LSU Will Have New Coach for NCAA Tournament

BATON ROUGE, La. (AP) - LSU women's basketball coach Pokey
Chatman said Thursday she won't coach in the NCAA tournament, and
The Times-Picayune of New Orleans reported on its Web site the
resignation was prompted by the school's discovery of inappropriate
conduct between Chatman and one or more players.
Assistant coach Bob Starkey, who will take over the team for
now, declined to say whether he was aware of any improper conduct.
"There's been 20 to 25 things that are just floating out there,
and I think she thought if she just stepped away from it she could
eliminate that from even multiplying," Starkey said. "She has her
reasons, and hopefully, soon she'll address that herself."
The Times-Picayune, citing university sources, offered few
details, saying it was unclear when the alleged transgressions took
place. reported LSU had found out about an improper sexual
relationship between Chatman and a former player.
LSU athletic director Skip Bertman told the newspaper no formal
investigation had taken place but that an informal investigation
"might have happened."
"I can understand people's perception, but all I can tell you
is the way it unfolded," said Starkey, who added he didn't believe
Chatman was forced to resign. "Sometimes in coaching things unfold
in ways that are hard to perceive, and this is one of them."
The 37-year-old Chatman hasn't been available to take questions.
"My resignation yesterday has prompted speculation and rumors
that far exceeded my expectations, and it is clear that my presence
would be a great distraction during the NCAA Tournament," Chatman
said in a statement released Thursday afternoon.
Starkey said Chatman did venture onto the LSU campus Thursday to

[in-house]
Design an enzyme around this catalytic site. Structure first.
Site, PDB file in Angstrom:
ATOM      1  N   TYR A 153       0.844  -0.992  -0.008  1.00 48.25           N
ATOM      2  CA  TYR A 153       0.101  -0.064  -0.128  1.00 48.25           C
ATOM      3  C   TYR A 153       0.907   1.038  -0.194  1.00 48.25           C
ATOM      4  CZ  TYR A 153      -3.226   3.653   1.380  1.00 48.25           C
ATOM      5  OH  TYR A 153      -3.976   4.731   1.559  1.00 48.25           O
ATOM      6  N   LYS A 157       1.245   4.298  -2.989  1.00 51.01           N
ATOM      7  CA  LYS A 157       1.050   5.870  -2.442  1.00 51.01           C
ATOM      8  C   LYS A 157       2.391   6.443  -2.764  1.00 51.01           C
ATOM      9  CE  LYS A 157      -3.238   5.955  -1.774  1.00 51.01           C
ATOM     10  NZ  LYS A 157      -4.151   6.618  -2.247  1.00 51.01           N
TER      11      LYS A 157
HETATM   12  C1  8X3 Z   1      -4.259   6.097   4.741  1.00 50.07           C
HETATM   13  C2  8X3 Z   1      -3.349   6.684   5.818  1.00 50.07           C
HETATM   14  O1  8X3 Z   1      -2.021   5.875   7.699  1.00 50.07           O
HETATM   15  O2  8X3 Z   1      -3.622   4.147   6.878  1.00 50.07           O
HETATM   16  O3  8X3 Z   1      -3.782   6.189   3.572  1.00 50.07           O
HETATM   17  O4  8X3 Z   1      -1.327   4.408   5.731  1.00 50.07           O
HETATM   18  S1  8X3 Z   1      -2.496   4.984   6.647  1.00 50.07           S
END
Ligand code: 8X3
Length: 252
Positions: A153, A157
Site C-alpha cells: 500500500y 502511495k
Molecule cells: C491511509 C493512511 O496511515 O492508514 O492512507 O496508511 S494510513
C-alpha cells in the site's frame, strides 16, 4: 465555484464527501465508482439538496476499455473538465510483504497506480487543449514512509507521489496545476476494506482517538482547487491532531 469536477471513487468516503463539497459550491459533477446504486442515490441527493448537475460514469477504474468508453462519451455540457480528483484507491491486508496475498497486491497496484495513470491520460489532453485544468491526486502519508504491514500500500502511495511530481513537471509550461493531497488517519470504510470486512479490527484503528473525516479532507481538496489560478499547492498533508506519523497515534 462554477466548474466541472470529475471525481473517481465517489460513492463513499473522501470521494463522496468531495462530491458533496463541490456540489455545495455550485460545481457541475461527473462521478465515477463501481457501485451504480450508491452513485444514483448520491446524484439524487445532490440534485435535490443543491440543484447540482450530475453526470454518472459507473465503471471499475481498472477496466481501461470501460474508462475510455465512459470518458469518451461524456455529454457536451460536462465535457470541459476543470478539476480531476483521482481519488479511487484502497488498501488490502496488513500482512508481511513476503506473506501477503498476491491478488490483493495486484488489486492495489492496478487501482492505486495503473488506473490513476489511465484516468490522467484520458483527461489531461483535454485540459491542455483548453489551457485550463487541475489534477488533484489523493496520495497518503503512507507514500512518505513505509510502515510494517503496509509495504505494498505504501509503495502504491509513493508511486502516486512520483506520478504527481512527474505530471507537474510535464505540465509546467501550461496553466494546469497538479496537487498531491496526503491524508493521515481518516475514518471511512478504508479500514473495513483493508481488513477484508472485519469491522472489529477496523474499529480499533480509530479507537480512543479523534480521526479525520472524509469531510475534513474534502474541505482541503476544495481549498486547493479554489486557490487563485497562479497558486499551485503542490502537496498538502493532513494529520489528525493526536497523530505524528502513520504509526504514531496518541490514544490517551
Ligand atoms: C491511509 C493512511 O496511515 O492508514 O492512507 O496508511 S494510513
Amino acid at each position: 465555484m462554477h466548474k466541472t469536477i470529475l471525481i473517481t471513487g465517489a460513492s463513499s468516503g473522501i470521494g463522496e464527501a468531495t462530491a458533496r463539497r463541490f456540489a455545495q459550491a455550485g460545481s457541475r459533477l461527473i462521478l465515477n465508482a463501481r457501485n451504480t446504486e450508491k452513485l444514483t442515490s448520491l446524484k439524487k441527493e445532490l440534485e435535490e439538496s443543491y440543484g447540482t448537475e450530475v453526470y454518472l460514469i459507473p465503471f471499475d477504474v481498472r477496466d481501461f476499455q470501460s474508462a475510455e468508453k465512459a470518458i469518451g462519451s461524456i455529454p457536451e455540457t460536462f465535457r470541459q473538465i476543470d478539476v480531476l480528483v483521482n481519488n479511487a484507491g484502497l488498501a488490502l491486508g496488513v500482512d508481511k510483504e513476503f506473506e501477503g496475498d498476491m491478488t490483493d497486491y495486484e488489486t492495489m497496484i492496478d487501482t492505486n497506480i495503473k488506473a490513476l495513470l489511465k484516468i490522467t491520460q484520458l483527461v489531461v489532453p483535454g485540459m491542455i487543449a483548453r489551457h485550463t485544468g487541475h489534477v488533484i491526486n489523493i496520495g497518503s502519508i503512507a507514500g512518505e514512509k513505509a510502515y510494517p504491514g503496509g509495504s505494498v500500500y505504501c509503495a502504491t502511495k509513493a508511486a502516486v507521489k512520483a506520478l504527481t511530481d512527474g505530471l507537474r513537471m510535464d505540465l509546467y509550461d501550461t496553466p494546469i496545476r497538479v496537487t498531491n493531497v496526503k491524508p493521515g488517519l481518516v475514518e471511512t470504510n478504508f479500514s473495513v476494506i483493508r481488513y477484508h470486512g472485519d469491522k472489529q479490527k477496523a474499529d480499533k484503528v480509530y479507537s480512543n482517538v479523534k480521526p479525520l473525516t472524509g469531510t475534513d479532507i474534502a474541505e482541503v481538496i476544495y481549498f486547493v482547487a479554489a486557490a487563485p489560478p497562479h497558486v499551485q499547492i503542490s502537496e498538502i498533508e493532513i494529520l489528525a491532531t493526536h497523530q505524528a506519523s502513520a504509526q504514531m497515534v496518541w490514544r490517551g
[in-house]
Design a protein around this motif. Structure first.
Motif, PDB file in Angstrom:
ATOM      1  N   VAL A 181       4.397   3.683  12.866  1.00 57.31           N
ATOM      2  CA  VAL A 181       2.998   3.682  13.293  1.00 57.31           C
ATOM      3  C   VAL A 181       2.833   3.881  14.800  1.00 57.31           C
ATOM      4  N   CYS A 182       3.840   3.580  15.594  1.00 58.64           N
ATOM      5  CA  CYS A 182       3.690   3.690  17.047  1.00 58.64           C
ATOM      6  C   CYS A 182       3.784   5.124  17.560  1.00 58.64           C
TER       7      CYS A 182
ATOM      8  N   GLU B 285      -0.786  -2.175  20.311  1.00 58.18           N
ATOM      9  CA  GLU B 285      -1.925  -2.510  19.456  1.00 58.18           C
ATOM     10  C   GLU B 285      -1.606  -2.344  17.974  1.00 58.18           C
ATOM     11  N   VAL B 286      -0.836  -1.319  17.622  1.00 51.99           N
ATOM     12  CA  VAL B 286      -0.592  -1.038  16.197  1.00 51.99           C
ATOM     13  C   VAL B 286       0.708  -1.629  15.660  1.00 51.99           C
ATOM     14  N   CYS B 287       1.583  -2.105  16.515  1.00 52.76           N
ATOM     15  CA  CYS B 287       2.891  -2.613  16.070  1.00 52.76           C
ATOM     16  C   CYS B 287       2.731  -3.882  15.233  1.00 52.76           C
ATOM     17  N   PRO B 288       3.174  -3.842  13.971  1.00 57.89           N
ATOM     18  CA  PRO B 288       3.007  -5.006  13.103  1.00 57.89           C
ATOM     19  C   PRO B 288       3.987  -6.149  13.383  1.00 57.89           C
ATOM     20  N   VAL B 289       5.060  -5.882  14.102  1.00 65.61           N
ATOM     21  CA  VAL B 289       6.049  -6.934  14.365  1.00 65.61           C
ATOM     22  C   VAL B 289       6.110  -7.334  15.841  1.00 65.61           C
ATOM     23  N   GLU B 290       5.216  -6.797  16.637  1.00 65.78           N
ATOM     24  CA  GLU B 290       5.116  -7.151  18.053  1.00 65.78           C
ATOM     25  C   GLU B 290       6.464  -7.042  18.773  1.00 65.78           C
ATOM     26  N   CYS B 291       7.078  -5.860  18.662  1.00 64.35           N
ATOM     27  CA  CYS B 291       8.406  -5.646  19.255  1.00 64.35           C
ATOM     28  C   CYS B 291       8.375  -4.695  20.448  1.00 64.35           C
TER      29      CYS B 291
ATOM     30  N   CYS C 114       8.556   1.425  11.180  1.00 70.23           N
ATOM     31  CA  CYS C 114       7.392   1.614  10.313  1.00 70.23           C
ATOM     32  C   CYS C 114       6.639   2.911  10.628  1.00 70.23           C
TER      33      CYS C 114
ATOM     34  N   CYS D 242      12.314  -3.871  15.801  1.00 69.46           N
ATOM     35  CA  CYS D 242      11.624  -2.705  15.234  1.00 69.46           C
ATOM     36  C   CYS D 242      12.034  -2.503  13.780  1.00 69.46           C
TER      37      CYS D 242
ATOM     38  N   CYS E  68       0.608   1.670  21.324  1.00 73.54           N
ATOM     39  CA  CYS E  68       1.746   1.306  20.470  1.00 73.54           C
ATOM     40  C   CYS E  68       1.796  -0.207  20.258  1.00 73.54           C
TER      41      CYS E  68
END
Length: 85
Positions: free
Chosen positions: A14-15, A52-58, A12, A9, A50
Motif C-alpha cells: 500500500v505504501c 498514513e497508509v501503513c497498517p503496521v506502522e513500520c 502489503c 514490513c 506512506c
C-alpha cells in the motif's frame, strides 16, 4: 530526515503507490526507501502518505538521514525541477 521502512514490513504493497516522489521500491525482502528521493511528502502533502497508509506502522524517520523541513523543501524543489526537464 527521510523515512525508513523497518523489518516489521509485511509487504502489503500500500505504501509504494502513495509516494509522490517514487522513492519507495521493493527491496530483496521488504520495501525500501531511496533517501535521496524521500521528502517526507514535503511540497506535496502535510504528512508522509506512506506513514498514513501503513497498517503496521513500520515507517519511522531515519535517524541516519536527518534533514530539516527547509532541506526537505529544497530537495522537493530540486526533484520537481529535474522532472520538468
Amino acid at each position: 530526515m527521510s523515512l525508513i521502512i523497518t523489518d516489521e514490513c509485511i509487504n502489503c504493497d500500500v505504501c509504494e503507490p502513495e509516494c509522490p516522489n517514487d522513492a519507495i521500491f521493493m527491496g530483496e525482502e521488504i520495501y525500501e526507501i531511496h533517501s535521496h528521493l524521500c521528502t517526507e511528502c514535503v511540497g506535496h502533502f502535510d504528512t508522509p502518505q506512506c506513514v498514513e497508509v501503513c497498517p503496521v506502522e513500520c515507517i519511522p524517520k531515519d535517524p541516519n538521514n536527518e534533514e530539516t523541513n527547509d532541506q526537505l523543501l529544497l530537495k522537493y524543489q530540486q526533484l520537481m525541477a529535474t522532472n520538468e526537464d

tell the team she would not coach them during the NCAA tournament.
"Certainly the kids were disappointed to get the news. Pokey
recruited all of those kids either as head coach or as an
assistant," Starkey said. "These are not just good basketball
players, they're good kids, and I think they're very close, and I
think that will help us to try and move forward with it."
Players have been off-limits to the media since the
Starkey said he and players were caught off-guard when Chatman
told the team Wednesday that she wanted to pursue other career
opportunities after this season.
"She came in and said for personal reasons some opportunities
had come available to her - that it was something she needed to
move on," Starkey said.
The No. 10 Lady Tigers (26-7) upset then-No. 2 Tennessee last
week in the Southeastern Conference tournament before falling to
Vanderbilt in Sunday's tournament final.
Chatman is 90-14 as LSU's head coach. Before that, she was 15-5
as acting head coach during the latter stages of the 2003-04
season, when longtime coach Sue Gunter left the team because of
lung disease. That included a trip to the Final Four in New
Orleans, where the Lady Tigers fell in the semifinals to Tennessee.
LSU advanced to the Final Four in her first two seasons as head
coach in 2005 and 2006, winning the SEC regular-season titles along
the way.
Chatman, a Louisiana native, has been at LSU as both a player
and coach for nearly 20 years.
A guard, she was one of LSU's career assist and steals leaders.
After her playing career ended in 1991, she spent one season as a
student assistant coach and then 12 seasons as associate coach
under Gunter.
In 2005, Chatman received a four-year contract extension that
pays her close to $400,000 a year plus postseason bonuses ranging
from $15,000 for making the NCAA tournament to $70,000 for winning
a national title. The highest-paid coaches in women's college
basketball, Pat Summitt of Tennessee and Geno Auriemma of
Connecticut, both earn more than $1 million per year.